As a garden designer who also loves making homemade gifts, I often propagate my houseplants. Giving away or swapping the plant babies is a rewarding project—and if you take up the same hobby, you can give yourself a pat on the back for practicing environmentalism and frugality.
Depending on the plant, you’ll use one of several propagation methods—from rooting a leaf to taking a stem cutting to coaxing new roots to grow in water. Whatever method you choose, multiplying your houseplants will yield satisfying results (and thoughtful gifts for anyone in need of a little more indoor green love).
Please keep reading to learn more about the ways to propagate houseplants.
Rooting in water is the most common approach for houseplants and the best place to start if you’re a propagation beginner. You’ll first need a plant such as a pothos with vine-like stems, ones that have littles nodes—near where the leaf meets the stem—which is where the new roots will shoot down from. Choose a healthy stem, and using sharp shears, cut just below the node and place the stem in a glass jar with room-temperature water. Place the cutting(s) in a spot that receives bright light but not direct sun. Continue checking for new root growth (easy and fun to see through glass jars) and keep the water fresh. When the plant has roots at least two inches long, it’s ready to be transferred to a pot and planted with potting mix.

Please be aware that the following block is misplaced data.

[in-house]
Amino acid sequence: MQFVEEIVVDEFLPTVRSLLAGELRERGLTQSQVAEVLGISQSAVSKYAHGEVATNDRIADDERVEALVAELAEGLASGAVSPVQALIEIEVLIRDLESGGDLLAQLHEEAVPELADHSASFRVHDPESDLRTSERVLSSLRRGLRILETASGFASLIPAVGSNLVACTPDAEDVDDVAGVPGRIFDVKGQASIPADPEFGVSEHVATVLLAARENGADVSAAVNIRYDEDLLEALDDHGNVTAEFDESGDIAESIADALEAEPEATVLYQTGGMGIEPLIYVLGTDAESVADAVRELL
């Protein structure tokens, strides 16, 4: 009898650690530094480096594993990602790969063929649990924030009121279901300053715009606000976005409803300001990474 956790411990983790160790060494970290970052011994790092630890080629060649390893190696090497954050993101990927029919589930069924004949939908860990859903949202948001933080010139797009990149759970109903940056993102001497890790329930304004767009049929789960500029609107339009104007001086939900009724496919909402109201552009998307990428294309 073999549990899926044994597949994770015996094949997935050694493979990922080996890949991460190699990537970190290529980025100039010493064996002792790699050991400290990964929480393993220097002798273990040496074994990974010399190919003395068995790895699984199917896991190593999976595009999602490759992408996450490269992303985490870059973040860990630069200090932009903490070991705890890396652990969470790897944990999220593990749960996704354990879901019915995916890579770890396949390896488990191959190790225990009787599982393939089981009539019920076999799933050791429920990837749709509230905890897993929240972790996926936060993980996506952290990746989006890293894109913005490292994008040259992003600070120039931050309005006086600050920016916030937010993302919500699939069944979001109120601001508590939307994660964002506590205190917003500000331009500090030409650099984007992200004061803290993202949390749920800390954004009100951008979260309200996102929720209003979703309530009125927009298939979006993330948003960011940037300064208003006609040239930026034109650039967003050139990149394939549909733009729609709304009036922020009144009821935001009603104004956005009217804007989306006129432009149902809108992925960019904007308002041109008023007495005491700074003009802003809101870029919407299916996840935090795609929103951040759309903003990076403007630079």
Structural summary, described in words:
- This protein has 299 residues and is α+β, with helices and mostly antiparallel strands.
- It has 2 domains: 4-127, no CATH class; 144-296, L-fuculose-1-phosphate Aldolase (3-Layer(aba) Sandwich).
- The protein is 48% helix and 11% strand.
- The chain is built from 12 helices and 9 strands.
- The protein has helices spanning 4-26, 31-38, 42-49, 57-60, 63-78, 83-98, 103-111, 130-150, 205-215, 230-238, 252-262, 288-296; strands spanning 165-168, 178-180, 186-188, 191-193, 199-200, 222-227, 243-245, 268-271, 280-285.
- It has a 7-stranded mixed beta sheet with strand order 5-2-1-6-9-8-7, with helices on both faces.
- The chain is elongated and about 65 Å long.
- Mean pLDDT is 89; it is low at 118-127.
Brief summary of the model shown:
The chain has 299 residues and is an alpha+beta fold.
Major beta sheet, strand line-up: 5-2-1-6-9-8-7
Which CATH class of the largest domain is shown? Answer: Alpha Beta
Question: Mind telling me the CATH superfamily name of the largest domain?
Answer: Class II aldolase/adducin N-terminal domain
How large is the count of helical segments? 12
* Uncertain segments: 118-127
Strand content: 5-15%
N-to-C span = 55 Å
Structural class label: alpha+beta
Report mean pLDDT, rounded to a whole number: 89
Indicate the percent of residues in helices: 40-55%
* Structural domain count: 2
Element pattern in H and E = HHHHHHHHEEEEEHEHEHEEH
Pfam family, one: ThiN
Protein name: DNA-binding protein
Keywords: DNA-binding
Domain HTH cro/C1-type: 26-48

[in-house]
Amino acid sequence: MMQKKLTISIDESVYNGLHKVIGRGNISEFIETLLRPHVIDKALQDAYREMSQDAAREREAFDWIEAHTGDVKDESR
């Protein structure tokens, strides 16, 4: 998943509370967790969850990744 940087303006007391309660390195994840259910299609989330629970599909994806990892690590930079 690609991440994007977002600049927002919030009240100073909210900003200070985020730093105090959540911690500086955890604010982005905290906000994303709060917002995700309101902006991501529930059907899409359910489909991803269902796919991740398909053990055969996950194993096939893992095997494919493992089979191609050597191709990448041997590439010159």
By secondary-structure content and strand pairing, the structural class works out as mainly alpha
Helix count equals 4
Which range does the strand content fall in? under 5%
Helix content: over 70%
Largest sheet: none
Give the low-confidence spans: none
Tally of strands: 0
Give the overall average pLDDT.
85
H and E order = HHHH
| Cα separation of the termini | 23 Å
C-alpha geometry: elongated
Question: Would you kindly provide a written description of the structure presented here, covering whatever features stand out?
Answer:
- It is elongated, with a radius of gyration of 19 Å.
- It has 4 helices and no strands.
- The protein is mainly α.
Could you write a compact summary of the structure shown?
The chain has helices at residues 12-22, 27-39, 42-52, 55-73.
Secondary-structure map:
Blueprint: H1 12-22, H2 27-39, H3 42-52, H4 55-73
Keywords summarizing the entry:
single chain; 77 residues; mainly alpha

Good plants for water propagation include pothos, philodendrons, inch plants, monsteras and fiddle leaf figs.
Cuttings from plants with woody stems often take better to rooting in soil. Choose a healthy stem on a mother plant and use a sharp, sterile knife to make a clean cut at a 45-degree angle. The cutting should include the tip of the stem and at least two or three sets of leaves. Take the angled end of the cutting and place into a small pot with soil. Keep the soil moist (but not wet) and wait for roots to grow over weeks or a few months (depending on the plant). To identify whether roots have formed or not, pull lightly on the plants. If they pop right out, they’re not fully rooted yet. If you feel some resistance, they’re rooted and ready.
Good plants for soil propagation include spider plants, snake plants, jade, succulents and dragon trees (dracaena marginata).
This method is really as simple as it sounds—it involves dividing a mature plant with a large root system into smaller pieces or sections while keeping its existing roots intact. This is a great way to expand your collection if your plant is outgrowing its pot. Some plants, such as aloe or pileas, will shoot up small baby offsets or “pups” at the base of the plant that can be carefully removed and planted directly into soil.
To divide, first pull the plant out of its pot so that all of its roots are exposed. Gently tease and untangle the roots to create separate plants, using a sharp knife or shears to split through tough roots if you aren’t able to pull apart by hand. Repot each plant in separate pots and watch as they become well established.
Good plants to propagate with root division include peace lilies, ZZ plants, pileas (Chinese money plant) and aloe.